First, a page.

Properties of smooth and cardiac L-type Ca2+ channels differ prominently in several physiological aspects, including sympathetic modulation. To assess the possible underlying mechanisms, we applied the whole cell patch-clamp technique to guinea pig detrusor smooth muscle cells, in which only L-type Ca2+ channel currents are observed in practice. During depolarization to large positive potentials, the conformation of the majority of L-type Ca2+ channels is converted from the normal (O1) to a second open state (O2), which undergoes little inactivation during depolarization. Extracellular application of genistein, a known tyrosine kinase inhibitor, significantly attenuated the voltage-dependent conversion of Ca 2+ channels to O2, accompanied by reduction of availability, whereas genistin, an inactive analog, had little effect. In the absence of ATP in the patch pipette, intracellular application of either genistein or tyrphostin-47 suppressed the conversion to O2. Computer calculation revealed that the acceleration of the O1 to an inactivated state qualitatively reconstructs the unique effects of PTK inhibitors antagonized by ATP. We concluded that under normal conditions smooth muscle L-type Ca2+ channels are already modulated by tyrosine-kinase and ATP-related mechanism(s) and thereby easily achieve the second conversion, which yields voltage-dependent modulation of L-type Ca2+ current analogous to that in cardiac myocytes during β-adrenoceptor stimulation.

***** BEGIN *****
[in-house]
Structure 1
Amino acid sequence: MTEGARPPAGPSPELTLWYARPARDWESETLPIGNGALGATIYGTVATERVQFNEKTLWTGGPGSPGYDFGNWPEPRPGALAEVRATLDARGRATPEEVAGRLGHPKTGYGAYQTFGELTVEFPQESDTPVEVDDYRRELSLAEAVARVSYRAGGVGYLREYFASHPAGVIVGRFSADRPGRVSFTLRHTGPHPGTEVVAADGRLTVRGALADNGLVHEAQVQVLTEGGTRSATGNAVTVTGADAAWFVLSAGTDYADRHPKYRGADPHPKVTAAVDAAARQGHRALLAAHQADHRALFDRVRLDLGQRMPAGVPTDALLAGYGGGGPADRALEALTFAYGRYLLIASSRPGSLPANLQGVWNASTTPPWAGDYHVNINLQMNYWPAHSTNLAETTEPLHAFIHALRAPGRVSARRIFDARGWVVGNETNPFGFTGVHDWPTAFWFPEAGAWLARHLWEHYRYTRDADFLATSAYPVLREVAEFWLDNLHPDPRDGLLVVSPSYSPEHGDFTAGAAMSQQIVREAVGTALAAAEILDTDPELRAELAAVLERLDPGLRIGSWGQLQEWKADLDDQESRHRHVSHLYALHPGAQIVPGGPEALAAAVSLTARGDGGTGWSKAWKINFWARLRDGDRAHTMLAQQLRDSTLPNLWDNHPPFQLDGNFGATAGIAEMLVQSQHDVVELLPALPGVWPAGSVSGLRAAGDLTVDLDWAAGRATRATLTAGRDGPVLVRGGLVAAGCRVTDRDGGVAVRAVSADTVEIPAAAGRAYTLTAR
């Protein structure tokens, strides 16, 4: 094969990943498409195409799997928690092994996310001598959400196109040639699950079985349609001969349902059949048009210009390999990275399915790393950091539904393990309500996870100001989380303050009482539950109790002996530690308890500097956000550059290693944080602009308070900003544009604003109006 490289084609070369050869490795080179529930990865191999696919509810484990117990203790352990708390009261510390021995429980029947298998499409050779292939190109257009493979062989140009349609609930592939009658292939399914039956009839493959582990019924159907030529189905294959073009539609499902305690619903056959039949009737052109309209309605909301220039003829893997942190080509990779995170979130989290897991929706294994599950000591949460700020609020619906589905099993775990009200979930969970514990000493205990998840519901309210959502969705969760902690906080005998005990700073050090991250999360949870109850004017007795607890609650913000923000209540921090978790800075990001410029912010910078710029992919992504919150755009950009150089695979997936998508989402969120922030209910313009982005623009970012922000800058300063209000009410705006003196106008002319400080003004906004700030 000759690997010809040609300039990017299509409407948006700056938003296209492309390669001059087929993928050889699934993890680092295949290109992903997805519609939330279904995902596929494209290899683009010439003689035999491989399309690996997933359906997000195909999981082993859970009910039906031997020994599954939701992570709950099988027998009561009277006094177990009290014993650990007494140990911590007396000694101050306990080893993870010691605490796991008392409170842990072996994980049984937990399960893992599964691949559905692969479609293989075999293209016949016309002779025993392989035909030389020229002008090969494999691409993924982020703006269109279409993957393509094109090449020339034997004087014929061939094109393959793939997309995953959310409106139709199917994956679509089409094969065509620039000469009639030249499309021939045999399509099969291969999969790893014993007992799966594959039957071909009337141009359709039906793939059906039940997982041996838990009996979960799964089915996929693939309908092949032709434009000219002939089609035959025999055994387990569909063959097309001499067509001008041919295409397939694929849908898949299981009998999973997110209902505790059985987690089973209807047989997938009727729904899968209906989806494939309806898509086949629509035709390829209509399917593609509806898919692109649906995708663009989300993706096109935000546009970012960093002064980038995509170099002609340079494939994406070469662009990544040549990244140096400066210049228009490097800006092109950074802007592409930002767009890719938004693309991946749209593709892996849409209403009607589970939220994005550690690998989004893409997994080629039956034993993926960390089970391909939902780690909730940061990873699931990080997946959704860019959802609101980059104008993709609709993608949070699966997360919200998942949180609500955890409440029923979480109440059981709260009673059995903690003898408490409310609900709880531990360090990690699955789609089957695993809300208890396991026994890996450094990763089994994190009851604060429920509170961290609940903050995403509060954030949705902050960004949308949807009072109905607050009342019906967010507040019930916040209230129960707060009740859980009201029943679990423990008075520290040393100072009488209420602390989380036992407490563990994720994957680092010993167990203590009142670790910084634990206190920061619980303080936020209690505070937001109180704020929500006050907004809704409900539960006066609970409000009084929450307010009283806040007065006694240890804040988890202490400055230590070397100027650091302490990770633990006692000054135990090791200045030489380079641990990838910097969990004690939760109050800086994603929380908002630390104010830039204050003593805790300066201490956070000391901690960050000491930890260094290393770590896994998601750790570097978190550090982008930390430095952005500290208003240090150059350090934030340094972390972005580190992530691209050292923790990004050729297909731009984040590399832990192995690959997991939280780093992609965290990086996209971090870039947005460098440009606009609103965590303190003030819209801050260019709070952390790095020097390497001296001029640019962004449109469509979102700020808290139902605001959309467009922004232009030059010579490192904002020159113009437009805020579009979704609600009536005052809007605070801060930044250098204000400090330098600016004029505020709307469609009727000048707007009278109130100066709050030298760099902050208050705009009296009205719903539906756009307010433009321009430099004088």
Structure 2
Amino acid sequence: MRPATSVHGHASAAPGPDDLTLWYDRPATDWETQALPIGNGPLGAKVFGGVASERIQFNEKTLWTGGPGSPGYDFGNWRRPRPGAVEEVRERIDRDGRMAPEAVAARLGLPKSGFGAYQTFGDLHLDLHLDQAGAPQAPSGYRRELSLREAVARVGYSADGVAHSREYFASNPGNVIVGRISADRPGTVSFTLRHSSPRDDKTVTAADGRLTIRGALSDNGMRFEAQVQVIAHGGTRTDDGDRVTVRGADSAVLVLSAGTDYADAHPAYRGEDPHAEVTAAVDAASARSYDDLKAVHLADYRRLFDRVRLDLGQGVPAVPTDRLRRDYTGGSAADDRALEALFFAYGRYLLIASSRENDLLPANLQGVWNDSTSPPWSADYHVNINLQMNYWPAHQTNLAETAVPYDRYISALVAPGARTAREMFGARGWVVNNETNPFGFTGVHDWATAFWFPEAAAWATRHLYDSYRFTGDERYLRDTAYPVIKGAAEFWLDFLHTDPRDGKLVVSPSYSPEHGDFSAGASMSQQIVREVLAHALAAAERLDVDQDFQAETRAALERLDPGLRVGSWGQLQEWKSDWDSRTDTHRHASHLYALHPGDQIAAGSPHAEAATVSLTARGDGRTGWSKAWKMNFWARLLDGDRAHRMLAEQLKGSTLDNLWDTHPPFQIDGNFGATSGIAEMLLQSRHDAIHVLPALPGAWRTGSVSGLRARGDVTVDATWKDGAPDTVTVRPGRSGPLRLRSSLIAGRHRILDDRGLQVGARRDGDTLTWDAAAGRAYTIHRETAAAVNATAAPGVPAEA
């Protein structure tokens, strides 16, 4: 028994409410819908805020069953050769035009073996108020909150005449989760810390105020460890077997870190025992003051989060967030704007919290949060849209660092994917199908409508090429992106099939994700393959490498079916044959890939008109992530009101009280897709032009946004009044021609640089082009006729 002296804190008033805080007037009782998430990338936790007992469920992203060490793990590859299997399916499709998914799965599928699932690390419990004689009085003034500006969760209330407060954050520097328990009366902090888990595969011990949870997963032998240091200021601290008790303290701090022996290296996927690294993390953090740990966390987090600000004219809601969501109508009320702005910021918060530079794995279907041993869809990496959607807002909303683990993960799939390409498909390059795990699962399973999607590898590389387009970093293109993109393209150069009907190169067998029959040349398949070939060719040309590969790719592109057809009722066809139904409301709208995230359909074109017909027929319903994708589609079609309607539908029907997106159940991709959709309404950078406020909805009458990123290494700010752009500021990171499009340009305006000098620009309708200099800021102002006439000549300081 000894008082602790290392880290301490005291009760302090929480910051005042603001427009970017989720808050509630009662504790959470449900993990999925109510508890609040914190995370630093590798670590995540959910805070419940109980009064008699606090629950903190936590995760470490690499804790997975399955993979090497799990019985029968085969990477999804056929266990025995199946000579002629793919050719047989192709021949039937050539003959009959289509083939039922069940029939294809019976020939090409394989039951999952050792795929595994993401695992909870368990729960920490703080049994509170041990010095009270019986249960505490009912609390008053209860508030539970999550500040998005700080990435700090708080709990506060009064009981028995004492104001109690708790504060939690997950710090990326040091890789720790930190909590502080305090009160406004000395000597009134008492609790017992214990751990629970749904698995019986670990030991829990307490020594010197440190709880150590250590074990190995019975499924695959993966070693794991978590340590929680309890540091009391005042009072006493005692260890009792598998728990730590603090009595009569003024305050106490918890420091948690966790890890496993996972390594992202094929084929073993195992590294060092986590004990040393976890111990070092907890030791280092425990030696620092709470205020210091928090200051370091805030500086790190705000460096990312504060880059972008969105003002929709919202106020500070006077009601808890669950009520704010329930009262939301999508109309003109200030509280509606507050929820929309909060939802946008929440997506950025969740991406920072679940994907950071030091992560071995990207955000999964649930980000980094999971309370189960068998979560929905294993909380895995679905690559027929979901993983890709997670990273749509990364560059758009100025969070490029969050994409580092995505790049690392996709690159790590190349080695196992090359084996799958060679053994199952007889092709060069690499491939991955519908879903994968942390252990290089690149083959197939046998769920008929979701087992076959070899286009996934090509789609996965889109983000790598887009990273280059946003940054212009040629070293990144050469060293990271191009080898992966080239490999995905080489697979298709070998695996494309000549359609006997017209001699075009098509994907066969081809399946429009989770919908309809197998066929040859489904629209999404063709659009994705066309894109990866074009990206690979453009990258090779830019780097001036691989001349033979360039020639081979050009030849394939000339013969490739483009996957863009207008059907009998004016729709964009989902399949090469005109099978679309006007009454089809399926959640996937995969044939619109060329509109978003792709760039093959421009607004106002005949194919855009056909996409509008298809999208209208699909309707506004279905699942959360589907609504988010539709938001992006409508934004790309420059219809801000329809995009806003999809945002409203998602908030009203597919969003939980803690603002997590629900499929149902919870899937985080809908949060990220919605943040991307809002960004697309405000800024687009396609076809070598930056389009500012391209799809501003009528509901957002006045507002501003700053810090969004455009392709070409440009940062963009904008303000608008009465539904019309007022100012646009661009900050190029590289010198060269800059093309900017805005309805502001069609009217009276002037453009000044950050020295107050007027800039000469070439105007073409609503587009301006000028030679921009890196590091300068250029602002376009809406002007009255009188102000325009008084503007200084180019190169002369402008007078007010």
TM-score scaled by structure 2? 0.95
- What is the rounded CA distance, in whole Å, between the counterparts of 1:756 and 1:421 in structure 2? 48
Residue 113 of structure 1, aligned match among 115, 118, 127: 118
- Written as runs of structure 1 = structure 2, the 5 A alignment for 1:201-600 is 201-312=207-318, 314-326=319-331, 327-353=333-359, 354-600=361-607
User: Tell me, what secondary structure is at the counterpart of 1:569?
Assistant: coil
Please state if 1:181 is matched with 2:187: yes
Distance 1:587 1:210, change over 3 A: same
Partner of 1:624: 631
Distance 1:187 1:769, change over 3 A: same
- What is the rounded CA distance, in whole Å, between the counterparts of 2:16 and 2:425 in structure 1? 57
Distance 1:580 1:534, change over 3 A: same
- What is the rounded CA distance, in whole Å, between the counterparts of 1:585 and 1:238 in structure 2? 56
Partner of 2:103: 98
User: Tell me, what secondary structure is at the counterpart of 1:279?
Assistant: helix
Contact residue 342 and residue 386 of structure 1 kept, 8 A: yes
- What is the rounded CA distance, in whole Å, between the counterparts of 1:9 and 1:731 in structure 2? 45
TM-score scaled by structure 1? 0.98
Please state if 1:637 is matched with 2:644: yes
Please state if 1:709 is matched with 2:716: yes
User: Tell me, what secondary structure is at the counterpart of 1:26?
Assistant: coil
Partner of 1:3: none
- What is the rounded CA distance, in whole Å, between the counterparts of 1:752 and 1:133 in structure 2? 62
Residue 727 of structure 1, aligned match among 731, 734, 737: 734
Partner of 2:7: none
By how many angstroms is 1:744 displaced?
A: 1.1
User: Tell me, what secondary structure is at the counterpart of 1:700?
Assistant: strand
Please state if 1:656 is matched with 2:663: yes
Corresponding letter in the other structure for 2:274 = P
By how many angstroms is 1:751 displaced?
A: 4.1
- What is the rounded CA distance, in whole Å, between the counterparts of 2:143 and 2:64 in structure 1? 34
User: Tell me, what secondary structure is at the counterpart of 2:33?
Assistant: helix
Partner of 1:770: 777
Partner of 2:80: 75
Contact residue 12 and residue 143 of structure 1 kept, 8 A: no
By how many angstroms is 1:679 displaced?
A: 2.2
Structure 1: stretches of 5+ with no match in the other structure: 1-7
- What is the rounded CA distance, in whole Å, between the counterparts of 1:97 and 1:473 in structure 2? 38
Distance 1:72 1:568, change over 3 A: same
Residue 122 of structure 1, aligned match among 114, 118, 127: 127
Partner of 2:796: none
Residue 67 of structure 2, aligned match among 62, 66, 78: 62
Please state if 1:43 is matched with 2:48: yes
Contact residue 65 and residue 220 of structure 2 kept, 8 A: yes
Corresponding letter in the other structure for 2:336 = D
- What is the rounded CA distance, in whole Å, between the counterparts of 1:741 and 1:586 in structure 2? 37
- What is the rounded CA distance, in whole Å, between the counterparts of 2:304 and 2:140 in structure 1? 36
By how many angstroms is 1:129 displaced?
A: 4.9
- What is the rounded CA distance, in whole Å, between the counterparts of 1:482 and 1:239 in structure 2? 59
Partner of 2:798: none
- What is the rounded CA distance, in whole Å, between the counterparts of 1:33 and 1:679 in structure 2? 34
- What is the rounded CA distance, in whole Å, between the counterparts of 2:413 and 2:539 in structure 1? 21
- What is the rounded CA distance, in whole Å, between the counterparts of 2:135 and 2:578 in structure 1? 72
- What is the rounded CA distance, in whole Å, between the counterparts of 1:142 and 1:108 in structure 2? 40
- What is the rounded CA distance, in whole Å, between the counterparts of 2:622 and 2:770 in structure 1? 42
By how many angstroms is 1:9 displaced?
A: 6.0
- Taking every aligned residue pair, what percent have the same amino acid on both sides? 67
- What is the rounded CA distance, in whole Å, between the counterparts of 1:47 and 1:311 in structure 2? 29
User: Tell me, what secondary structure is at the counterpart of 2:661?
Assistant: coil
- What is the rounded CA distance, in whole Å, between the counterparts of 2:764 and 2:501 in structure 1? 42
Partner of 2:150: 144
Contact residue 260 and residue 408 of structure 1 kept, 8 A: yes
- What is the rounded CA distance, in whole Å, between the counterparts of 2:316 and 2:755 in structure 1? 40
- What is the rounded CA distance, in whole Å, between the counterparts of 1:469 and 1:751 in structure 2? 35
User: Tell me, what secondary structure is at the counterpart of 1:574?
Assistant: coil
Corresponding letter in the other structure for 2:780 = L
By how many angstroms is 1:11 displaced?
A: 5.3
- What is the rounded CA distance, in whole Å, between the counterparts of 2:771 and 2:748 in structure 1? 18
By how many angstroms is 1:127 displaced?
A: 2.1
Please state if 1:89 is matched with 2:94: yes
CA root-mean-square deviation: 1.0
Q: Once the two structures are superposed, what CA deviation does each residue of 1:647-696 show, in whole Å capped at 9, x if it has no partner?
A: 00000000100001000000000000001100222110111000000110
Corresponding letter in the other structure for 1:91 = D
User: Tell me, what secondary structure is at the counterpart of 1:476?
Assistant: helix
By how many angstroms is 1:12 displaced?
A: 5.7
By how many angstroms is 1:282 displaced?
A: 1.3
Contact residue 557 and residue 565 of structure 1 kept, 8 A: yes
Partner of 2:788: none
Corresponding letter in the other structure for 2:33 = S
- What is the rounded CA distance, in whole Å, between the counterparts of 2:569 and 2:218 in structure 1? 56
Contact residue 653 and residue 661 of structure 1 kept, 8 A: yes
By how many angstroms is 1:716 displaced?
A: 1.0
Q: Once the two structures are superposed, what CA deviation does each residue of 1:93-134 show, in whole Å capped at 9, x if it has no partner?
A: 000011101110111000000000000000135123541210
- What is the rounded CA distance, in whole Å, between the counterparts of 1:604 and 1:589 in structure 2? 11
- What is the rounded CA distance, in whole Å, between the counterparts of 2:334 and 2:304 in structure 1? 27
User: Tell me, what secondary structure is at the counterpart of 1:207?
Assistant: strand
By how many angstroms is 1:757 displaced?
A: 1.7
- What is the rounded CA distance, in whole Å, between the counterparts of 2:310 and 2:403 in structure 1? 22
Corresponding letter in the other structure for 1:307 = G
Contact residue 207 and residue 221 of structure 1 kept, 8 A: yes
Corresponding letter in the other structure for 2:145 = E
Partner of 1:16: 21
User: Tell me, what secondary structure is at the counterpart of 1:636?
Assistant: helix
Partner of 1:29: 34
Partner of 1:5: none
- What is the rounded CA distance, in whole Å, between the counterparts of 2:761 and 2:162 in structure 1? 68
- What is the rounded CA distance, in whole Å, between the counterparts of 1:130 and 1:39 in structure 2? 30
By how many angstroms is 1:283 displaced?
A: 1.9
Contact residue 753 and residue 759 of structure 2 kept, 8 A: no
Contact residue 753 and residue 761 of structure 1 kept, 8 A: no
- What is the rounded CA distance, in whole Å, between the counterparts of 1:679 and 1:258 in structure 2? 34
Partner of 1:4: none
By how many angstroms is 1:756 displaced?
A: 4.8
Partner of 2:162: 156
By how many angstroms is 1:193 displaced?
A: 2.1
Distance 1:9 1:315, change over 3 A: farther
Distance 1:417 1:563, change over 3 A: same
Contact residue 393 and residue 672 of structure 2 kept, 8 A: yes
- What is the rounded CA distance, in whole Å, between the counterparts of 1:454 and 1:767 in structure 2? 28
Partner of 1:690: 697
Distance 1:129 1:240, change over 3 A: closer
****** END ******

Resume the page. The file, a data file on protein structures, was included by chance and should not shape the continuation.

All Science Journal Classification (ASJC) codes
- Molecular Biology